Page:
These are all important clues as to what type of weapon we may be looking at. And I don't think we're looking at a conventional artillery piece, with a barrel, propellant, breech, recoil and recuperator cylinders, equilibrators, trunion, cradle, carriage and so on. Indeed, there have been only three such long-range conventional cannon systems, and only one of them was ever operational. These were (1) the Germans' World War One "Paris Gun", with which they shelled Paris (mostly ineffectively, incidentally) from over 70 miles away; (2) the post-war French experiments with a similar gun conducted by the French firm of Schneider-Cruesot, and Canadian-American ballistics expert Dr. Gerald Bull's "super-gun" of the 1980s which he was building for Saddam Hussein, with a reputed range of about 1000 miles, and capable (allegedly) of firing small satellites into orbit. In the case of the German and French efforts, the guns were at least semi-mobile, and could be moved around, but their operational range was nowhere near that suitable for "strategic" purposes. In the case of Dr. Bull's gun, this had to be permanently emplaced on the side of a mountain(!), and was more or less a fixed target. Dr. Bull's gun was never completed, as he was assassinated shortly after returning from Iraq, by whom no one knows, but the conventional wisdom is that the Israeli Mossad took him out. It is worth mentioning, however, that Dr. Bull's thoughts on ballistics were inspired by the Germans' "Paris Gun," and were fleshed out during a long-term research project he was doing for the US army in the 1960s and 1970s called project HARP (not to be confused with the Air Force's ionospheric heater in Alaska, Project HAARP).

But I suspect that here we're looking at something completely different, something that can be used to target accurately and that can be used in both offensive and defensive roles. To achieve that, and to avoid the problems of a very large, but still very conventional type of system such as Dr. Bull was developing for Saddam Hussein's Iraq, a weapon forever wedded to a mountainside, I suspect that if this story be true, then what the US Army might be trying to develop is a very large, but mobile, electromagnetic rail gun. Rail guns are simply weapons that replace the standard barrel of an artillery piece with a "track" or "rail" along which a projectile is propelled to extreme velocities not by chemical propellant but by the force of electromagnets. As such, they could conceivably be used as "rod of God" kinetic weapons based on the ground, and capable of doing enormous strategic damage (Tianjin chemical plant, anyone?), and possibly capable of being used as anti-satellite weapons, coastal defense, you name it. Indeed, during the era of Reagan's "Star wars" strategic defense initiative, a railgun system firing many small bullets like a shot gun was proposed called Brilliant Pebbles. Many in the alternative research field think that some such system is evident on the famous NASA STS 48 space shuttle video, where "something" on the earth's surface appears to be shooting "something" at UFOs visible on the space shuttle's camera system.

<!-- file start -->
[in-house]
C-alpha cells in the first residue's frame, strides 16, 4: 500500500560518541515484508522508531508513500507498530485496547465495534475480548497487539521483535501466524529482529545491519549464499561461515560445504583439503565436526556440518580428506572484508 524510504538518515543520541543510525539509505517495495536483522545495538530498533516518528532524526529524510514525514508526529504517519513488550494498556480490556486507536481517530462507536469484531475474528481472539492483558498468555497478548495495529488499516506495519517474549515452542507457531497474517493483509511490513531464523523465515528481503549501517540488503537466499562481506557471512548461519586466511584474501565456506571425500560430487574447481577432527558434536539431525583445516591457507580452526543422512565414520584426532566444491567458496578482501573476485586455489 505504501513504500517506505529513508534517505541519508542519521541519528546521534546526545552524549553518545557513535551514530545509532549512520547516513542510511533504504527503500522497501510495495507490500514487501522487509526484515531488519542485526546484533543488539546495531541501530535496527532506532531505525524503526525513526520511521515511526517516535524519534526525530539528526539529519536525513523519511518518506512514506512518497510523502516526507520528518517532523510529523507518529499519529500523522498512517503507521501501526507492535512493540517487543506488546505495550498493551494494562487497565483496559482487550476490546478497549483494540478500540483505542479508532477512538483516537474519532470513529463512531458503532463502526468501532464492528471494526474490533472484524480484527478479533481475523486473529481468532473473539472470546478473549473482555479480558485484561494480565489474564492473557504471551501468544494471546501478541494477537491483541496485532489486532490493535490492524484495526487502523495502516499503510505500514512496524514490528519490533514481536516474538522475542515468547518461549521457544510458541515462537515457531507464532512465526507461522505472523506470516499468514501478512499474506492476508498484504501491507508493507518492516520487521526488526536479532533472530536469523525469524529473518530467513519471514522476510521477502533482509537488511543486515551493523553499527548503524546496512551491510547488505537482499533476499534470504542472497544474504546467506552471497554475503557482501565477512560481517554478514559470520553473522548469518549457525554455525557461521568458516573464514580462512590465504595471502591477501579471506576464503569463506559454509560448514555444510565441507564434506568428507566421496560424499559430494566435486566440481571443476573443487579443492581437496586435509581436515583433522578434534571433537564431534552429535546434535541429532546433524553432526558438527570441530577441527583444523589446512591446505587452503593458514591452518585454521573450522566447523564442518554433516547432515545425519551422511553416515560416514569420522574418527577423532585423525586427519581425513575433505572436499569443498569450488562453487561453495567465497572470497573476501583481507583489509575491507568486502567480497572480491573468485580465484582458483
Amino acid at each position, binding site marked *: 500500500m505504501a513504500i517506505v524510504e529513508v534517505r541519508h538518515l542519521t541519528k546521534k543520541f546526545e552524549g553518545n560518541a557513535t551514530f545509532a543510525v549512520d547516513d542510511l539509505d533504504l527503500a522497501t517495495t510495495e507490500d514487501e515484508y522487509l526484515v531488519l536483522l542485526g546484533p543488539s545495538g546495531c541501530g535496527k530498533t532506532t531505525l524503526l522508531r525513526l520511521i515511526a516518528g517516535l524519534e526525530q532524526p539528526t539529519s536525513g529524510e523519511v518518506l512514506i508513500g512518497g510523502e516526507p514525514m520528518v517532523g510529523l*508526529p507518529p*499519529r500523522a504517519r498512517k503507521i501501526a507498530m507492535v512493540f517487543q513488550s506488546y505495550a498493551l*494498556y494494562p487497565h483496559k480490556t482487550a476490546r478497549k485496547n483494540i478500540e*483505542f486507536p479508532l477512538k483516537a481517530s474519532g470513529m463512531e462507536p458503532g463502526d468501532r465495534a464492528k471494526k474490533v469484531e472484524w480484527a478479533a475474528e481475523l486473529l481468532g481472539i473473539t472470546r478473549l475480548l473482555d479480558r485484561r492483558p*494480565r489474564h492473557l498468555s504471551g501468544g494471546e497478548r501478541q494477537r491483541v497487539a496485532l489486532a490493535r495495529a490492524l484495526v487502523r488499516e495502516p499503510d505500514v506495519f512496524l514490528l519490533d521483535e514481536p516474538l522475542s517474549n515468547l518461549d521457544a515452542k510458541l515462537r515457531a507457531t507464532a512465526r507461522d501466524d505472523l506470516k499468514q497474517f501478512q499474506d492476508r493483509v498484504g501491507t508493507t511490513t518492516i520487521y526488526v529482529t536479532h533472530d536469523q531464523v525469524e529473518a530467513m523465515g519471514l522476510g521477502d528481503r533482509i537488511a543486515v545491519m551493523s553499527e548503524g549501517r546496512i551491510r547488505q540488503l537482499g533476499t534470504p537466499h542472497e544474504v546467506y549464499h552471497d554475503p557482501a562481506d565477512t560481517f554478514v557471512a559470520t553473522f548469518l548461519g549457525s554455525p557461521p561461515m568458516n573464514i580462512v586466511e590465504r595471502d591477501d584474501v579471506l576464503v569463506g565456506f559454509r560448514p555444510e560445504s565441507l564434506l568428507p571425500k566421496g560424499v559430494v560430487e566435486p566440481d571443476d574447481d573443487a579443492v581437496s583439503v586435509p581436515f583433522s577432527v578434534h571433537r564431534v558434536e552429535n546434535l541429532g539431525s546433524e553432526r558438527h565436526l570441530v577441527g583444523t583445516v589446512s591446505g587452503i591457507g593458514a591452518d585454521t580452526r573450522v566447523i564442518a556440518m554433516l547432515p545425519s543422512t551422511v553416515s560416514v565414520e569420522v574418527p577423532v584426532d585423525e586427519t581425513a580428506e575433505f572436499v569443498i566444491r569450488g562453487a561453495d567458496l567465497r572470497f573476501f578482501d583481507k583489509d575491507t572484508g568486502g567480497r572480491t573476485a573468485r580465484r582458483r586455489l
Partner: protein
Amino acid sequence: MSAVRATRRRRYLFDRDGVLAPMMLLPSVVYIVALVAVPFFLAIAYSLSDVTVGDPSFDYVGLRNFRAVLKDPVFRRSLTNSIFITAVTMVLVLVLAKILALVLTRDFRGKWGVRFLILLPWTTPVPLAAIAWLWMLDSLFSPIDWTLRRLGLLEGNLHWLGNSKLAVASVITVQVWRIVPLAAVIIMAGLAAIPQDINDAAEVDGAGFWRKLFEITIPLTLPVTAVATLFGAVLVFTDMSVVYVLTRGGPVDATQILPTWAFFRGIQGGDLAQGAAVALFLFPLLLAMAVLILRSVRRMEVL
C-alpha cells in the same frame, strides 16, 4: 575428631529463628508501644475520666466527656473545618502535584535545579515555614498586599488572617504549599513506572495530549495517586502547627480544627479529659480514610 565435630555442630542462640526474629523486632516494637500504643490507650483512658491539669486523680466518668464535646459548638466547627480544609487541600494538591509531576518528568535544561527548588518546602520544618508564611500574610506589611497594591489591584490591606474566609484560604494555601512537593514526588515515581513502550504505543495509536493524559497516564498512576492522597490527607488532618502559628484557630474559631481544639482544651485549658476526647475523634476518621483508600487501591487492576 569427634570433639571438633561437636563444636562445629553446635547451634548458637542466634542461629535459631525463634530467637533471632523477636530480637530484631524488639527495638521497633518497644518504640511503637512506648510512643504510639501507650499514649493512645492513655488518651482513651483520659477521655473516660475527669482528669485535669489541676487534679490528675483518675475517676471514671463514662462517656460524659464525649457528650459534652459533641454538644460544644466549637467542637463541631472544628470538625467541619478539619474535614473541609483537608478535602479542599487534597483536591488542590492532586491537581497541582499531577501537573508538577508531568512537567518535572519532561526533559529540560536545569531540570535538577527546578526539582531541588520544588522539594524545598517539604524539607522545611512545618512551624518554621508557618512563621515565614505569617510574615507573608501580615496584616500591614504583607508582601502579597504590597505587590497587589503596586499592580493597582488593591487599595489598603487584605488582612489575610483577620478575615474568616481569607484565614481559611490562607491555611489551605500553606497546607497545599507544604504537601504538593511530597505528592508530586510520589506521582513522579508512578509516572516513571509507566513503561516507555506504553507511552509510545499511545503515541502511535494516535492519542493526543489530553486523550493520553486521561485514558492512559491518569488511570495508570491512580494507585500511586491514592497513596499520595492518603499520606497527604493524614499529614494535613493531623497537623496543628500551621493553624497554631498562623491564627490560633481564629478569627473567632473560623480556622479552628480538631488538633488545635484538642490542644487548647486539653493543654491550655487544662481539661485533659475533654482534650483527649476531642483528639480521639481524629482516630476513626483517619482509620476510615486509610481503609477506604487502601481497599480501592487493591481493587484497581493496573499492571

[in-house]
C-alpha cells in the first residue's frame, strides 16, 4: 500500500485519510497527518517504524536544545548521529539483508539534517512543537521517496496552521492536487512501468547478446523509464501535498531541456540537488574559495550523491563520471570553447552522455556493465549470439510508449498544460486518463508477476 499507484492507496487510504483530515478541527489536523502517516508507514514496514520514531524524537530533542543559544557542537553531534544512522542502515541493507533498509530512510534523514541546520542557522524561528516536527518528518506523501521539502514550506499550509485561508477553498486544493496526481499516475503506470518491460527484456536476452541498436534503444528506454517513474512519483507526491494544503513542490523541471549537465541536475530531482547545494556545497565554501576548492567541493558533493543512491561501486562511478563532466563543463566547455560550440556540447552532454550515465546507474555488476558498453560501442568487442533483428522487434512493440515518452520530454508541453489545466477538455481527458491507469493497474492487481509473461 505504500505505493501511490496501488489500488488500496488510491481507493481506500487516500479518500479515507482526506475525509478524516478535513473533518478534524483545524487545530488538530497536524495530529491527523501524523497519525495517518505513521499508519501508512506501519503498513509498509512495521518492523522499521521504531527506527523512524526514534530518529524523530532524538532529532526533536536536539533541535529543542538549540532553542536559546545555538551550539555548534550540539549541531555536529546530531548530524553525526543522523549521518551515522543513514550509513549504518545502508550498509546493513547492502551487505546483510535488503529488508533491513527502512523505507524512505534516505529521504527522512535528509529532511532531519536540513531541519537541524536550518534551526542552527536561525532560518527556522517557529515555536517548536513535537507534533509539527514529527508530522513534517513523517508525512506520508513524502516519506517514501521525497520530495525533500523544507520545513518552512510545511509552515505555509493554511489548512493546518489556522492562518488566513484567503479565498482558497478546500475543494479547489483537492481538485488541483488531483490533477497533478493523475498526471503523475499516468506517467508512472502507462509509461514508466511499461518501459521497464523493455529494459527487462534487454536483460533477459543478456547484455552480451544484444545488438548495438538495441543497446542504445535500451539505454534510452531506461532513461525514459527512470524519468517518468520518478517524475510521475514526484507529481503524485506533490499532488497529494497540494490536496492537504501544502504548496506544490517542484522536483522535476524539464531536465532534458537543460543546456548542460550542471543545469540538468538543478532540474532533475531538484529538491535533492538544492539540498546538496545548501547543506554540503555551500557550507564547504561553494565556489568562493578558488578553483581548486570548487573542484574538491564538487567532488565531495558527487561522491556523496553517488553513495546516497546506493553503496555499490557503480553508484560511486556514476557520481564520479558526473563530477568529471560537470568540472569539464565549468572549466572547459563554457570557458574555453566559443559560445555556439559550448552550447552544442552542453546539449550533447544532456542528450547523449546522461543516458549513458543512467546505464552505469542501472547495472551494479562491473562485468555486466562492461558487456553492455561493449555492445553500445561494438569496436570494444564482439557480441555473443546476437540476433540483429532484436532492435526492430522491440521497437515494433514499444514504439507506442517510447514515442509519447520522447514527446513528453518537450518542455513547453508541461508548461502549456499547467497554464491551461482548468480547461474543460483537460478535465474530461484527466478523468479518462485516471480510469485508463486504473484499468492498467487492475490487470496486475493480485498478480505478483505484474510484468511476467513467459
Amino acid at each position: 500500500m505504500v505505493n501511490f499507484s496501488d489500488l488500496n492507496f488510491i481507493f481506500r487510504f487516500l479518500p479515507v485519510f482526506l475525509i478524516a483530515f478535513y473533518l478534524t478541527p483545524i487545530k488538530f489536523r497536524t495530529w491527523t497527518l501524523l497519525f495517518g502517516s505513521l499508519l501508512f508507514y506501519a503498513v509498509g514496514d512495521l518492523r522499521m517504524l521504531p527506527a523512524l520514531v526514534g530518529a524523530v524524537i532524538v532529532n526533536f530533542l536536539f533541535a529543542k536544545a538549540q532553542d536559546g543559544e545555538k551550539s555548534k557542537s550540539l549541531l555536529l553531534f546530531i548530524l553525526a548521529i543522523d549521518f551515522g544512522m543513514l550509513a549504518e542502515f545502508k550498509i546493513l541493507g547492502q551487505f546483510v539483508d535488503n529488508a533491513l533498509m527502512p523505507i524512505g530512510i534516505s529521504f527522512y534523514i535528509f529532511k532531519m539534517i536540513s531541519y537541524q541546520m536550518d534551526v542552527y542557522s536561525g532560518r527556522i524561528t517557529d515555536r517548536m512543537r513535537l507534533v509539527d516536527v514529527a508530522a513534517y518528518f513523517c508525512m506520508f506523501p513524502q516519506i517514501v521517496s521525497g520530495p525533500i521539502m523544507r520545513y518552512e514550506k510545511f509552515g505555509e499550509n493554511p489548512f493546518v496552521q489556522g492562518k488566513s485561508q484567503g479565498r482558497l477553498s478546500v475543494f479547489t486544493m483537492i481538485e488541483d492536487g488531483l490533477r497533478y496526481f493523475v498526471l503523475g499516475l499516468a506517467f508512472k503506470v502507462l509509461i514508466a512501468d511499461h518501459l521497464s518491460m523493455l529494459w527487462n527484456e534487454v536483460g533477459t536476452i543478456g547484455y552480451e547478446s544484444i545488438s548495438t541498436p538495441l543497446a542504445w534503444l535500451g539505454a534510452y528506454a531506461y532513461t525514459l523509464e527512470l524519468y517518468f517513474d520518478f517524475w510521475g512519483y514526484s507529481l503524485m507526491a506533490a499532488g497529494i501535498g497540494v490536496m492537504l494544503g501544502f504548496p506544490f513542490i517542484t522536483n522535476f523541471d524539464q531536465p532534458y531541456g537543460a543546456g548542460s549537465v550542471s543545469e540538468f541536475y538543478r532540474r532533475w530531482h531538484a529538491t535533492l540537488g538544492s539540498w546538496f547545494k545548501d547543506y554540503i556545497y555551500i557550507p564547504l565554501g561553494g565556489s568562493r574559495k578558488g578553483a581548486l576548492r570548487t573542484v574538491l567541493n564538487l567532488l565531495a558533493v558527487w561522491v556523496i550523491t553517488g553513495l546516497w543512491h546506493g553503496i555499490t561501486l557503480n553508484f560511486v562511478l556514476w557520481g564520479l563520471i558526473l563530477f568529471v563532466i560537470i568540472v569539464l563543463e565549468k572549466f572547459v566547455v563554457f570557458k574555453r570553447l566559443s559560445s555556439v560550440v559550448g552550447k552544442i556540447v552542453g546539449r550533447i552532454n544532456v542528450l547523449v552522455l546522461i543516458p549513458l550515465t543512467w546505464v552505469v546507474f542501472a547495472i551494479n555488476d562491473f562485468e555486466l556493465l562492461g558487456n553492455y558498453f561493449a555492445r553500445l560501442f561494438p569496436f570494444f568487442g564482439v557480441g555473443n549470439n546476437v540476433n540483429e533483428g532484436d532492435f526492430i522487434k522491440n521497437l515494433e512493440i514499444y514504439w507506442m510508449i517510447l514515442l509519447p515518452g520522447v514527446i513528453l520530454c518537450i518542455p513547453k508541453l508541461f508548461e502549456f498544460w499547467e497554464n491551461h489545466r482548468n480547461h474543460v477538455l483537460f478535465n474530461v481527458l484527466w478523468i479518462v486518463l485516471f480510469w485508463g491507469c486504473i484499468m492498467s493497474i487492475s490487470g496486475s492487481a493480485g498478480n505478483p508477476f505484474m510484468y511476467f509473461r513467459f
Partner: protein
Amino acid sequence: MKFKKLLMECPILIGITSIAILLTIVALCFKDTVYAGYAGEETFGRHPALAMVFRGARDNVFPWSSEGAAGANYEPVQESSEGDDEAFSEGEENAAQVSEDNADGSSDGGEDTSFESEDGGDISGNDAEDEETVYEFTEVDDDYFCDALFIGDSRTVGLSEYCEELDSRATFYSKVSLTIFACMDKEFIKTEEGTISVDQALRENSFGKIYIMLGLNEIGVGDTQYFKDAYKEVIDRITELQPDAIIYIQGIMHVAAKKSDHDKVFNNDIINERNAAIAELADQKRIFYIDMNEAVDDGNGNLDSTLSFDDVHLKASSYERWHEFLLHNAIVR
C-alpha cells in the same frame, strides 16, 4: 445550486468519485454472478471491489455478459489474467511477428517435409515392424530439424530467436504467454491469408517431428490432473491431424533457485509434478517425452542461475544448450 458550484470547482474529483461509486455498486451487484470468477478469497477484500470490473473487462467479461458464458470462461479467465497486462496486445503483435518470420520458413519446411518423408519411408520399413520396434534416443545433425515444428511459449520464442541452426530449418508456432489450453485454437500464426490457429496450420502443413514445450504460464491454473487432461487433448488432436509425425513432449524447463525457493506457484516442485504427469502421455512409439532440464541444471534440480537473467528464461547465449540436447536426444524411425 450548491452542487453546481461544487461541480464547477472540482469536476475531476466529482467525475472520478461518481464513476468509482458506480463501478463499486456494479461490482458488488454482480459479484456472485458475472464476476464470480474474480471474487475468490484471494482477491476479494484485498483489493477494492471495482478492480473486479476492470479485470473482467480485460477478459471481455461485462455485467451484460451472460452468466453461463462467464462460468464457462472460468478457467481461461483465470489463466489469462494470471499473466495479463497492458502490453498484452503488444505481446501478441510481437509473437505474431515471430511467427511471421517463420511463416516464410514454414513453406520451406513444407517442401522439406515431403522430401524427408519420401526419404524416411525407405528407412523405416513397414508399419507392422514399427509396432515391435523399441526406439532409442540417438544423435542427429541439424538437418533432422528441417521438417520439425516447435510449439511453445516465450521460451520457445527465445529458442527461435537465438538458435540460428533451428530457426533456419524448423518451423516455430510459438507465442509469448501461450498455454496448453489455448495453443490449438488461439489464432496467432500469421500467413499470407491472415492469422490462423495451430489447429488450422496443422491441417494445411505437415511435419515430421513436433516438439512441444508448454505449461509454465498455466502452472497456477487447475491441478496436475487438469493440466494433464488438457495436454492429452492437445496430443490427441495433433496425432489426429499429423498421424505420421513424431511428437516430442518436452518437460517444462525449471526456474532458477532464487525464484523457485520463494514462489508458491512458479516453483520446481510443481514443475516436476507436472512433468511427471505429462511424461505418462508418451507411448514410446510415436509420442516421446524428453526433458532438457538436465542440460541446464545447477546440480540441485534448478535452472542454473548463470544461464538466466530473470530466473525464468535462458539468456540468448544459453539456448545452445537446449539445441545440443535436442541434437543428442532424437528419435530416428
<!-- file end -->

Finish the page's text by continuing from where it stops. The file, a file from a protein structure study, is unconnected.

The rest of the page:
The problem with rail guns - which incidentally were first proposed before World War One - is not to much the concept, but the limitations of technology, for they require massive amounts of electrical power. In World War One, that's a problem...

... today, it isn't so much.

That's what I think they're up to... and there's one more disturbing thing that the article mentions. In mentioning the alleged range of the weapon, it indicates that it would have a range from New York City to Nashville (or conversely, Nashville to New York City). They could just as easily have said "Seoul to Beijing" or "Warsaw to Moscow".